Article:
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Named after the famous naturalist David Attenborough, nepenthes attenboroughii is endemic to many parts of Southeast Asia. In the wild these pitcher plants grow up to 5 feet (1.5 m) with 12 inch (30 cm) wide pitchers. Those for home cultivation are much smaller but also easier to grow. While aimed at collectors, anyone can care for these plants.
Nepenthes attenboroughii prefers 70-80 F temperature with bright, indirect light. This pitcher plant grows fastest in 70-80% humidity with moist, low nutrient soil. This plant feeds on small bugs and even fish food.
Nepenthes Attenboroughii Care Sheet
|Soil||1:1 peat and silica, moist soil|
|Water||Spring water, distilled, purified|
|Light||Bright, indirect light, 6-8 hours, grow lights may be used|
|Food||Fish food, bloodworms, mealworms, bugs|
|Temperature||70-80 F (21-27 C)|
Contrary to popular belief, growing n. attenboroughii is not that difficult. Many of its requirements are similar to other nepenthes and that includes soil.
Nepenthes attenboroughii thrives in poor soil such as silica sand and peat. You may also add a bit of live sphagnum on the top. Keep the soil moistened and that should be enough for the plant to grow.
The soil mix is usually 1:1 peat and silica, similar to what you would use with nepenthes alata. However you may also add clay granulate below the soil. Place the clay granulate (3-8 cm or 1 to 3 inches) into the pot and add peat and silica sand on top.
Peat and perlite should work with n. attenboroughii as well. In general the plant tolerates various soil mixes well provided they are low nutrient.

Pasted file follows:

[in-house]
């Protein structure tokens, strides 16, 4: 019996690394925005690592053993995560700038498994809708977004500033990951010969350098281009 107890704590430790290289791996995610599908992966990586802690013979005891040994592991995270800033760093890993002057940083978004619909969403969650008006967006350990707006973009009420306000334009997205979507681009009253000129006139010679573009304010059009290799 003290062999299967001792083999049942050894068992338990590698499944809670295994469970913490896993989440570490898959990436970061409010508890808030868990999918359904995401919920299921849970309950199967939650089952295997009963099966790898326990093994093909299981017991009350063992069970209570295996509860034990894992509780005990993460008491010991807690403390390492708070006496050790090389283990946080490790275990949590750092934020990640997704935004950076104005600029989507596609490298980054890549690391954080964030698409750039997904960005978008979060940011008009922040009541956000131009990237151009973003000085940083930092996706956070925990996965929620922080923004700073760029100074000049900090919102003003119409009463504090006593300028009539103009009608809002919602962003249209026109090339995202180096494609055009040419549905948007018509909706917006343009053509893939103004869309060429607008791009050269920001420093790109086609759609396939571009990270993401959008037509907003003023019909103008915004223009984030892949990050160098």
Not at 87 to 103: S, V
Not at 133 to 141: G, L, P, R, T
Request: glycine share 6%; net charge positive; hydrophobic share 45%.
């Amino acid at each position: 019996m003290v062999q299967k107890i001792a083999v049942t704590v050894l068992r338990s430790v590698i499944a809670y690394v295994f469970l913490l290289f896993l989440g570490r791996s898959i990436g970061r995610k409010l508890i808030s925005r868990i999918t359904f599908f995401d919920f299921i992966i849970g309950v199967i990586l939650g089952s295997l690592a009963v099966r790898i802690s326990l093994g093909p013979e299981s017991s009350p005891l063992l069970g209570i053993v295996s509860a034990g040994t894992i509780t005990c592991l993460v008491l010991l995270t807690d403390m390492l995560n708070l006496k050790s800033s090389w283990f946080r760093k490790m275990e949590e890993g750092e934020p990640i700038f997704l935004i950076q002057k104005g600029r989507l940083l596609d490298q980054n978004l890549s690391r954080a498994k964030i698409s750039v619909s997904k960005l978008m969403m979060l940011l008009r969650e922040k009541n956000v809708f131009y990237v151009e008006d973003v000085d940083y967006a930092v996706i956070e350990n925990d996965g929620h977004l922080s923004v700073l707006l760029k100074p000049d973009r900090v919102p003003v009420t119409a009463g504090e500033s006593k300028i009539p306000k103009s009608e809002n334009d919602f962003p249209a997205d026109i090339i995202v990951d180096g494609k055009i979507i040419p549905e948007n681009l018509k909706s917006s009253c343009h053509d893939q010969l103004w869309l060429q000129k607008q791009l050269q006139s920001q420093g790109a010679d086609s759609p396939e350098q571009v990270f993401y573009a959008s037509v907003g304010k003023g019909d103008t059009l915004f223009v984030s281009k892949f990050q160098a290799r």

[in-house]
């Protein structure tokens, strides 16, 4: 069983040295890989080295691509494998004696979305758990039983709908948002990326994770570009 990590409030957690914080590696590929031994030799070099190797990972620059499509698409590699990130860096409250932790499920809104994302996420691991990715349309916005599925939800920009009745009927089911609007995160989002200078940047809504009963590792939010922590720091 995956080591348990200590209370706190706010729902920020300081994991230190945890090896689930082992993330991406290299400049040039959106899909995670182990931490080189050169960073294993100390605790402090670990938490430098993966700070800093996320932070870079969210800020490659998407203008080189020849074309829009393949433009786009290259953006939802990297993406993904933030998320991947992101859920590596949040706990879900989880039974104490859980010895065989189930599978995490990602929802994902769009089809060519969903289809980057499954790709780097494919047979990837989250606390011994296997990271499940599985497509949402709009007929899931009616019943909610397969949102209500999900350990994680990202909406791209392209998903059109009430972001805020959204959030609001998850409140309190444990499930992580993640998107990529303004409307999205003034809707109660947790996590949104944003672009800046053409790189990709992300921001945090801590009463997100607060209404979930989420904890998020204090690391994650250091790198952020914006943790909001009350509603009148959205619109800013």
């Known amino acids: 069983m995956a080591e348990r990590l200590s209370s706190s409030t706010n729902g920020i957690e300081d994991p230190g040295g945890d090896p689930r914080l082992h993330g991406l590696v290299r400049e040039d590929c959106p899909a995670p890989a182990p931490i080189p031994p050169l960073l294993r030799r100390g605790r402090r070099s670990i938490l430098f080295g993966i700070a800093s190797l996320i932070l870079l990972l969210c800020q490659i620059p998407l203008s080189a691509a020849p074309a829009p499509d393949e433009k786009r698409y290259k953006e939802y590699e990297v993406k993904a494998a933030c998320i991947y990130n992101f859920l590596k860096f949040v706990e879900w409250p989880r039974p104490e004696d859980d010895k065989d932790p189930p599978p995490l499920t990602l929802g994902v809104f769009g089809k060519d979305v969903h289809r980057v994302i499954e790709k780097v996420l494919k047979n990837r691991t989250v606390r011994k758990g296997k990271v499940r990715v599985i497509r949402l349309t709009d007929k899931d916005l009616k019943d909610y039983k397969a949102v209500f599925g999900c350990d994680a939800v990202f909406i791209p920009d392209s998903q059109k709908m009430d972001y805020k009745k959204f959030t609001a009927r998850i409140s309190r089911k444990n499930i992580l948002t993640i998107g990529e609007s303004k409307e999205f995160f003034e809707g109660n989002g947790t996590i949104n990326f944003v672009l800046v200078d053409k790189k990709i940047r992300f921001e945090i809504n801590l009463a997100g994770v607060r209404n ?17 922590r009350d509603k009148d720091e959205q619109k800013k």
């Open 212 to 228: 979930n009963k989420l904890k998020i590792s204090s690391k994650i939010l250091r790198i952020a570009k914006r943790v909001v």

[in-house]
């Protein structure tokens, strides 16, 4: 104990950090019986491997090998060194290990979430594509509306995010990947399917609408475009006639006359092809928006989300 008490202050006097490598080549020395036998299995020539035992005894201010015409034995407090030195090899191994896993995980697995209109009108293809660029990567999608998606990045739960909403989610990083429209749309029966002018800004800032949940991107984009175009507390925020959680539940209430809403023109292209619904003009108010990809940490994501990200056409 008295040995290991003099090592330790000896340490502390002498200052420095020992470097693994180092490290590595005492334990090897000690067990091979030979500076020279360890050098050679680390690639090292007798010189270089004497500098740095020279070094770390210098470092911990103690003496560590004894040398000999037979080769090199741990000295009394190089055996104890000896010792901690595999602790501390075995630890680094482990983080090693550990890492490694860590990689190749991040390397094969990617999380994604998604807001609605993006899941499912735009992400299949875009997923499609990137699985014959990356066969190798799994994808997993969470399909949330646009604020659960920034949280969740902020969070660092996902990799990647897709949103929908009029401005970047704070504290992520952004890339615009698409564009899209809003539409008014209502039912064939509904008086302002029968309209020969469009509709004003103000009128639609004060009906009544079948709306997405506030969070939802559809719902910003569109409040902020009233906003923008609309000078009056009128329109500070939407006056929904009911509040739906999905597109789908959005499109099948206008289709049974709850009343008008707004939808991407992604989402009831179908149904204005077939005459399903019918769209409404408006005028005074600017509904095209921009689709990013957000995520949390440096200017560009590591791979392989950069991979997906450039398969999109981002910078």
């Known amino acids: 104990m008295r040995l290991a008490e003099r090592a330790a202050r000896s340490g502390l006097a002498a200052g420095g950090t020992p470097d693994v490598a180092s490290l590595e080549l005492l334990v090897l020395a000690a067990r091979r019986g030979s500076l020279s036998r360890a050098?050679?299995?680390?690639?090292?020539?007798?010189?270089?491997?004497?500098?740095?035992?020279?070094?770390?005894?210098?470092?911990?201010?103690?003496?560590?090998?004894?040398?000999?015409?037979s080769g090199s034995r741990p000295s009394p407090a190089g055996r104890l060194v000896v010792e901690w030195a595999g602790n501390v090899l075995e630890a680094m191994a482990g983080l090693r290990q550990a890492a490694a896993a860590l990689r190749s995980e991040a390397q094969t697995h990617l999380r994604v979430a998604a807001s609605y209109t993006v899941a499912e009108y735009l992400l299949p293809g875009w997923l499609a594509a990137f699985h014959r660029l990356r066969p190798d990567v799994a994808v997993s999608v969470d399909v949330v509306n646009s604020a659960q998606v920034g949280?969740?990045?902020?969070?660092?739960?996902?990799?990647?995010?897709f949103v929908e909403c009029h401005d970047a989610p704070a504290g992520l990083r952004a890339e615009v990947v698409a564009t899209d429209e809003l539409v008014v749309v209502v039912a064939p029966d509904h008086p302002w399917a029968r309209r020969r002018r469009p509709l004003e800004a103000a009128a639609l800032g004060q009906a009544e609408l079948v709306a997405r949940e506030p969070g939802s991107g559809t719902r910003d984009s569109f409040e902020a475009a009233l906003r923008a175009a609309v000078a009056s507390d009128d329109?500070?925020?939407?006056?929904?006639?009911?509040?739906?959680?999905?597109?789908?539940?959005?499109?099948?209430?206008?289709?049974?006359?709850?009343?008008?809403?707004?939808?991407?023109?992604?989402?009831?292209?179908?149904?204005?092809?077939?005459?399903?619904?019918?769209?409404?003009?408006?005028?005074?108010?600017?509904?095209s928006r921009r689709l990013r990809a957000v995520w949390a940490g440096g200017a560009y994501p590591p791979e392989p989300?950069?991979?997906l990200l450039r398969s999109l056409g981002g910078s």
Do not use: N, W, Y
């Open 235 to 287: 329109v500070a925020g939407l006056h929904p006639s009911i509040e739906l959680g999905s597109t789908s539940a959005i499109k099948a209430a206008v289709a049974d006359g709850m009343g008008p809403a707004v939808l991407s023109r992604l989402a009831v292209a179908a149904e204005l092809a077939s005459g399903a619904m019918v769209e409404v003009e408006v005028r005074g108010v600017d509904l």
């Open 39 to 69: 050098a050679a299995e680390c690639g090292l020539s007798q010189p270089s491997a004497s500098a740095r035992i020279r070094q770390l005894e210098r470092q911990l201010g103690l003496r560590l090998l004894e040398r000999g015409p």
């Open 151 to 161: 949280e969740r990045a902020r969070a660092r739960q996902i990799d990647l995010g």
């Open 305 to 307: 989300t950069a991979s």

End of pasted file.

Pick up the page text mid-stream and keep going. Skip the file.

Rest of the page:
Wild n. attenboroughii are large enough to eat rodents and hold up to two liters of water. Fortunately, cultivated versions are much smaller, about 2 inches only.
A 3 to 4 inch pot is ideal for nepenthes attenboroughii. You can even grow this plant in a plastic cup. You can leave the pot on a windowsill or put it in a greenhouse. In fact the plant will look good in an HC Companies Planter Pot
Most n. attenboroughii are sold as seedlings and do not include a pot. That is not a problem since these plants are very small. If you want to be sure, contact the vendor and ask them how large it grows. Chances are it should fit nicely in a small container.
These pitcher plants are sturdy under the right growing conditions. Just like other nepenthes, they will benefit from repotting in spring just before any new growth comes up.
Nepenthes attenboroughii requires purified water. Keep the soil moist and water from the top. Do not overwater the plant and do not fill its pitchers with liquid.
Most tropical pitcher plants like nepenthes x ventrata prefer overheard watering, and n. attenboroughii is the same. You should never let its soil go dry, but do not soak it in water because it will damage the roots.
There are a few simple rules to watering n. attenboroughii.
- Use only distilled or purified water. Reverse osmosis and rainwater are good too.
- Water all over the leaves and the soil. Do not let water gather on any particular leaf.
- Do not fill its pitchers with water. Healthy nepenthes pitchers contain liquids – including water- so no need to add any. Pouring a little bit does not actually harm the plant, but it brings little to no benefits.
- If the pitcher is empty, increase humidity around the plant. While it is recovering, you may add a bit of water into its pitchers
- Do not use tap water because it probably contains minerals that are dangerous to the plant. While some nepenthes can tolerate tap water, it is best avoided.
- Signs of lack of water are empty pitchers, dry leaves and discoloration.
- Signs of too much water are root rot, soggy soil and very damp leaves.
Indirect, bright light is recommended for nepenthes attenboroughii. You can grow these pitcher plants on a bright window or a greenhouse.
Because light is so important for plants, you have to choose the right location and make sure they are getting enough. For nepenthes attenboroughii, the simplest way is to place it on a windowsill.